(CNN) - If you want to teach at a Catholic school in the Archdiocese of Cincinnati, regardless of your religion, you must be willing to sign a detailed morality clause that critics say focuses on "pelvic issues."
The revised contracts forbid teachers from - among other things - living together or having sex outside of marriage, using in-vitro fertilization, a gay "lifestyle," or publicly supporting any of those things.
The system's 2,200 current teachers must sign the agreement to stay on the job.
"It is an embarrassment and a scandal, and will drive even more Catholics away from an institution so out of touch with its times," said Robert Hague, a high school English teacher for 50 years.
He's leaving his job rather than sign because he's opposed to "the language, the intent, and the tone of this contract," he says.
The revised morality clause goes beyond more general standard language requiring teachers - Catholic or not - to adhere to Catholic doctrine.
The American Dream?
If you work hard and do the right things, you can have it all - or so they say. But clearly, not all are living the dream.
CNN's Erin Burnett spoke with Morgan Spurlock about income inequality, the subject of this week's "Inside Man".
— Inside Man (@InsideManCNN) May 30, 2014
For the first time in more than 50 years, we have not one, but two national spelling bee champions.
Thirteen-year-old Ansun Sujoe and 14-year-old Sriram Hathwar were both crowned winners because organizers ran out of words on their official list.
— CNN (@CNN) May 30, 2014
CNN's Erin Burnett reports on how the winners were able they took home the trophy.
Congrats to Ansun and Sriram, the incredible co-champs of the #ScrippsNationalSpellingBee. You make us all proud! -bo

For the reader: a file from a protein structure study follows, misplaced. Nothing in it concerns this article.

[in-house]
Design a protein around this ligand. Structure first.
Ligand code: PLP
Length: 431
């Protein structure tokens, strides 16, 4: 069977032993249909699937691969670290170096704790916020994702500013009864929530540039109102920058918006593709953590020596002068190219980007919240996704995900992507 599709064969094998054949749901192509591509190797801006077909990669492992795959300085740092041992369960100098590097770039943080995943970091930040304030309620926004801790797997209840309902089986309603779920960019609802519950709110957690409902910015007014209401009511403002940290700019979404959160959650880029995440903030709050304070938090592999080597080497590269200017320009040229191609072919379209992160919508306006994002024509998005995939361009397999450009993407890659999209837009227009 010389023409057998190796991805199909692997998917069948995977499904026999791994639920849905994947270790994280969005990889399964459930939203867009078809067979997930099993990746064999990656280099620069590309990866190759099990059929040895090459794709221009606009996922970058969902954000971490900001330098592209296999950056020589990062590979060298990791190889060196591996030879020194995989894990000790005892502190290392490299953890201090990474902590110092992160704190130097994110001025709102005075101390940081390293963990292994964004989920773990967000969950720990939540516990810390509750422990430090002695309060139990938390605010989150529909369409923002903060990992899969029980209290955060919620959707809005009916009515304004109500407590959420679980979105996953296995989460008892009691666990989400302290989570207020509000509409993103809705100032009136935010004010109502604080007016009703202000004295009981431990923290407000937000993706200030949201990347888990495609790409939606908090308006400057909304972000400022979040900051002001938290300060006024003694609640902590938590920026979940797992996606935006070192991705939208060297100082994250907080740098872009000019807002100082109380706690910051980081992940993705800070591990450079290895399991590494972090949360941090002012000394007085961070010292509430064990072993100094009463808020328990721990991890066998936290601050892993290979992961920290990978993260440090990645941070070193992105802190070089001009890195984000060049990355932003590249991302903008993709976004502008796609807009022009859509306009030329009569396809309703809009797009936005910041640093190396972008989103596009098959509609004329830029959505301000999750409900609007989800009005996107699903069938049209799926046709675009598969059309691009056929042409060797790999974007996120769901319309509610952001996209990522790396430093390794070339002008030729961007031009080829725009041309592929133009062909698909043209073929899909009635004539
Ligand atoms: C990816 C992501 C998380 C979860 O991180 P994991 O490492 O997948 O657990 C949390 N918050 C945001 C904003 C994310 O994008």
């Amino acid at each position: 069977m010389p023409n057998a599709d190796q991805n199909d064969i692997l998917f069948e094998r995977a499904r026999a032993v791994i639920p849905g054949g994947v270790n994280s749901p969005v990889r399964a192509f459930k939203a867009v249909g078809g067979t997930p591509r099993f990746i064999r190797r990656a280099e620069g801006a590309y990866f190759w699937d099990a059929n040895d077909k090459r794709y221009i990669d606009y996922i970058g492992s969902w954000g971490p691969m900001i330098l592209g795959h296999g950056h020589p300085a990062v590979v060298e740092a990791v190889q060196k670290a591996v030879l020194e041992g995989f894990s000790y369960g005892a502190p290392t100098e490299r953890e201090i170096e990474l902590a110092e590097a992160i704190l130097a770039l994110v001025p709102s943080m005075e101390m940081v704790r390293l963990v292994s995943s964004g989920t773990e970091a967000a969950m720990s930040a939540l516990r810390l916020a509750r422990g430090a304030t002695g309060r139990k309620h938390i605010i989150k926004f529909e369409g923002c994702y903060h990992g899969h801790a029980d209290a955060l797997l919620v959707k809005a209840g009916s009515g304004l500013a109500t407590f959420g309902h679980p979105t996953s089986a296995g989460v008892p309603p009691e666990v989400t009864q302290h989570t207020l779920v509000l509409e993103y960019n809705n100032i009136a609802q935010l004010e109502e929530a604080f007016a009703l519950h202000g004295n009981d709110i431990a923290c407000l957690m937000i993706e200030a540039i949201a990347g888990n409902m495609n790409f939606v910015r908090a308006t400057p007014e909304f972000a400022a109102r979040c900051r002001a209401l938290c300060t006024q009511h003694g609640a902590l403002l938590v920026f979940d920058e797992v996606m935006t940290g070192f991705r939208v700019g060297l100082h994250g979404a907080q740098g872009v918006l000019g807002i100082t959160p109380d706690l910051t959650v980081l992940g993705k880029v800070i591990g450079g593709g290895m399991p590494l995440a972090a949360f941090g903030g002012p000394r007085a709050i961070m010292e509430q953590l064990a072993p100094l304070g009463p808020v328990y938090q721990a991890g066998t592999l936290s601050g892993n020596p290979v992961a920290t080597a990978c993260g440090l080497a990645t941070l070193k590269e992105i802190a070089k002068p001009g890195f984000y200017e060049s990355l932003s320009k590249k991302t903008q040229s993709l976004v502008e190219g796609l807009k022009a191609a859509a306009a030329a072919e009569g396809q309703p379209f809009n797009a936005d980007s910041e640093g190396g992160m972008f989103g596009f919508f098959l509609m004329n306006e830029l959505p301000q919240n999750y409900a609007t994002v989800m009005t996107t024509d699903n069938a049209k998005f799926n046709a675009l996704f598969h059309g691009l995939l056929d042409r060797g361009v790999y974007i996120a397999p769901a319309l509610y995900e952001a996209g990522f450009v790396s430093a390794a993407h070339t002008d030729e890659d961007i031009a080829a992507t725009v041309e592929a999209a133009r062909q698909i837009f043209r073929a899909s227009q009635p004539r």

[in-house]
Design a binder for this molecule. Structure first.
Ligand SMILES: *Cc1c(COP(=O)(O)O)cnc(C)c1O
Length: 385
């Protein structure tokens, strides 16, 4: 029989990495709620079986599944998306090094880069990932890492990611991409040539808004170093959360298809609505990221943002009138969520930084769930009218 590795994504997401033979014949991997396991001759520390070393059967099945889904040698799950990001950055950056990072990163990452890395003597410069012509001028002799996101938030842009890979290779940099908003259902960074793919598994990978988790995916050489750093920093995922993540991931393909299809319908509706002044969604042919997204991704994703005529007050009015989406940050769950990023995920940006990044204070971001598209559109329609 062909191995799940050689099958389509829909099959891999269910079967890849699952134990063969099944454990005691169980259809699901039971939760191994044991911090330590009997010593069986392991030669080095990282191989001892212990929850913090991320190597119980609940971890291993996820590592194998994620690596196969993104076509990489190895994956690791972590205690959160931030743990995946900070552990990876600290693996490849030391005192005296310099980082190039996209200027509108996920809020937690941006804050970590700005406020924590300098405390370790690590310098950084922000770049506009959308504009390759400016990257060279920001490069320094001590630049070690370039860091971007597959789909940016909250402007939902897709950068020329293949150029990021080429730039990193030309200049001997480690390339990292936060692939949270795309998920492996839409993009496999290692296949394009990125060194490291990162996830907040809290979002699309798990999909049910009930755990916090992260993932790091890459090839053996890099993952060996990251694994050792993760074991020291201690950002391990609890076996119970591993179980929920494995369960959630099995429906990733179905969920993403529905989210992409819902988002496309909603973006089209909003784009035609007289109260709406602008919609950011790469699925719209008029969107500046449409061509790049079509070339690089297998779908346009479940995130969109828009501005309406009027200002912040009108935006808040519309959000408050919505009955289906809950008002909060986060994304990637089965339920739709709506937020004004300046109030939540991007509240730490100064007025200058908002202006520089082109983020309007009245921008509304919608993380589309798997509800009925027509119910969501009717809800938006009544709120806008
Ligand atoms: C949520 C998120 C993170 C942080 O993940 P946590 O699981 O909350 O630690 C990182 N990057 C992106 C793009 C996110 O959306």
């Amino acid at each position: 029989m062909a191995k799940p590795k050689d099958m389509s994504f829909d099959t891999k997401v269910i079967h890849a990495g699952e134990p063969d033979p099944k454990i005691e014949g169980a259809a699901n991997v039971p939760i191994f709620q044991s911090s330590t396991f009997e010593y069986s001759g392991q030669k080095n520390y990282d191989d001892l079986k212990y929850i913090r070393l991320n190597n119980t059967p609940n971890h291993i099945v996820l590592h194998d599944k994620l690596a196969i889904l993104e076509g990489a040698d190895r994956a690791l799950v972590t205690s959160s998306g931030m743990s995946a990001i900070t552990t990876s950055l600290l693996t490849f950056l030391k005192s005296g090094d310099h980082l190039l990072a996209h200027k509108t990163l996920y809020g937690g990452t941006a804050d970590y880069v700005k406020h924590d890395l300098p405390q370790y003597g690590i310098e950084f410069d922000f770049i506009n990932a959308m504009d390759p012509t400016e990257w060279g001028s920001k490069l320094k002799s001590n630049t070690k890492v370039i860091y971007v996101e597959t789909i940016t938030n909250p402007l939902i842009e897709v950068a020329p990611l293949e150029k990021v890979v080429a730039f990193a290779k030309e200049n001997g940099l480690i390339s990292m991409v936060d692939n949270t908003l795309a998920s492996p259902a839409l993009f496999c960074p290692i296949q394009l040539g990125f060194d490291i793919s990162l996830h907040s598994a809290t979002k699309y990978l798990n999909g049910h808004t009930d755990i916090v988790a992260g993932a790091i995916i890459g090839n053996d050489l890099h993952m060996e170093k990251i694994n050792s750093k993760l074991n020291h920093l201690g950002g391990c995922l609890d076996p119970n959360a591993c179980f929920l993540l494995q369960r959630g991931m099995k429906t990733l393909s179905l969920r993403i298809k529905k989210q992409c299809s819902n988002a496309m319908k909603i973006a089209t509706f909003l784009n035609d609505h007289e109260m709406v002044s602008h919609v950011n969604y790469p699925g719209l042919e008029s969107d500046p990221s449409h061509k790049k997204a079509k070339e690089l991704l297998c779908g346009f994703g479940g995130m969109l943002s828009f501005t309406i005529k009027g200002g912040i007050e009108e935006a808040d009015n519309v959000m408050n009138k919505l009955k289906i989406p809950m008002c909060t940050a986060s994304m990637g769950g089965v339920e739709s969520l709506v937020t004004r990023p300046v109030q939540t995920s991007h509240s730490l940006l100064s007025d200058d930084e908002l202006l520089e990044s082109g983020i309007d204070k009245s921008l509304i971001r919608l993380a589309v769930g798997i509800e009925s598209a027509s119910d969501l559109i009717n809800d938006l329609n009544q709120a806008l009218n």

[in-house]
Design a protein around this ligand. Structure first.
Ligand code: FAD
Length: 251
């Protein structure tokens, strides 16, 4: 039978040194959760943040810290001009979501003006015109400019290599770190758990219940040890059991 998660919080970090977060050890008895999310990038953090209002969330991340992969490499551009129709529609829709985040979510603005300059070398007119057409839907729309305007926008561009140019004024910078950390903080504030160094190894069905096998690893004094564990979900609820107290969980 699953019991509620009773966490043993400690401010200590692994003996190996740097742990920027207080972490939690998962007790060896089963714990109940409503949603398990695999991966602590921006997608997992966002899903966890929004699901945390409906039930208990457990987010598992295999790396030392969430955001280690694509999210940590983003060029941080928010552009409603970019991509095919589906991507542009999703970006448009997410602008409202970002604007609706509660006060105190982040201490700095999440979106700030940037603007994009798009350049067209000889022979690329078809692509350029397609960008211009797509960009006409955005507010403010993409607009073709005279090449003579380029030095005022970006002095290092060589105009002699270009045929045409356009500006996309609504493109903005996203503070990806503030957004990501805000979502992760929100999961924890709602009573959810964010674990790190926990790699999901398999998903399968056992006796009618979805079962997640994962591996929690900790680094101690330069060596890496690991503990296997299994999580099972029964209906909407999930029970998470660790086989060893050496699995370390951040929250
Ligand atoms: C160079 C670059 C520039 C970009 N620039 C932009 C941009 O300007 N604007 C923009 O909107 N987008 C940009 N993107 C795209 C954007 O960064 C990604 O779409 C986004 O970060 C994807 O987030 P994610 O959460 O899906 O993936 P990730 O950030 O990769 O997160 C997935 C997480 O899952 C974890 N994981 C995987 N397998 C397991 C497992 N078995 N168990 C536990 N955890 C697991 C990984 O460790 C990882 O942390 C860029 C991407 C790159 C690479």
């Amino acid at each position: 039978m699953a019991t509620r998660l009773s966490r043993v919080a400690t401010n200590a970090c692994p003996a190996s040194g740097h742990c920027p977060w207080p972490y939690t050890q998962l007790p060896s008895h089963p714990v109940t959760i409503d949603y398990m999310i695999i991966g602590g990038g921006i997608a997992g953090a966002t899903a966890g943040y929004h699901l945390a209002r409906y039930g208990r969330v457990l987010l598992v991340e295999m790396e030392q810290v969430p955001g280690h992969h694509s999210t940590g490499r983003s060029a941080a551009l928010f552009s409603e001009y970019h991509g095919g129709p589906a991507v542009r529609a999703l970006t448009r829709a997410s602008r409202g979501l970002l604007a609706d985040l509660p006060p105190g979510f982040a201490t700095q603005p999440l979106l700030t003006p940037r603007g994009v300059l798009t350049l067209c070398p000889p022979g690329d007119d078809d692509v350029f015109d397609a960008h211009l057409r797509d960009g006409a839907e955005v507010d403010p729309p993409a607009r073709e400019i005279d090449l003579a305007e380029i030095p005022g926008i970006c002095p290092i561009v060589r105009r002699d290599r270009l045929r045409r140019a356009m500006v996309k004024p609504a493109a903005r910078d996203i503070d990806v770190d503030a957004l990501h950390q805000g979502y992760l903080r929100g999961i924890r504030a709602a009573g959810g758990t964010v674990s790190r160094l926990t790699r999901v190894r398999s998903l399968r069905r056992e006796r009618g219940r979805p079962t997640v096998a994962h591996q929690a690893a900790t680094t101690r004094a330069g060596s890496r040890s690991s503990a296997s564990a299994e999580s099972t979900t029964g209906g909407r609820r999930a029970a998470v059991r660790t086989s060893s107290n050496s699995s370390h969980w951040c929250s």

— The White House (@WhiteHouse) May 30, 2014
(CNN) - If your romantic partner pointed you to an application for a one-way trip to Mars, would you be upset - or thrilled?
When Dr. Leila Zucker's husband sent her such an e-mail last spring, he said that he didn't want her to go but that he'd be a lousy husband if he didn't tell her about it.
Fast-forward to today: Zucker has made it past the first round of cuts forMars One, a nonprofit organization that aims to send four people to the Red Planet in 2024 and subsequent groups in later years.
"Most of us want to explore, want to go new places, and then it's just a question of: How much are you willing to give up to do it?" she said.
Zucker is one of 705 candidates selected from a pool of 200,000 applicants for the mission. The select group has been narrowed from 1,058 people as some prospective astronauts dropped out for personal or medical reasons, Mars One said recently.
All of the remaining candidates will be interviewed by the Mars One selection committee.
Eventually, only four will be picked for the first trip. Apparently, none of them is scared off by the idea that, because of technological and financial limitations, Mars One astronauts would probably never come home.
Hillary Clinton's preemptive strike.
The former U.S. Secretary of State is taking on critics who continue to question her role in the 2011 attack on the U.S. consulate in Benghazi.
In a chapter of her upcoming book obtained by Politico, Clinton accuses Republicans of exploiting the tragedy.
She writes in part, "I will not be a part of a political slugfest on the backs of dead Americans. It's just plain wrong, and it's unworthy of our great country."
Outfront, CNN Political Analyst John Avlon.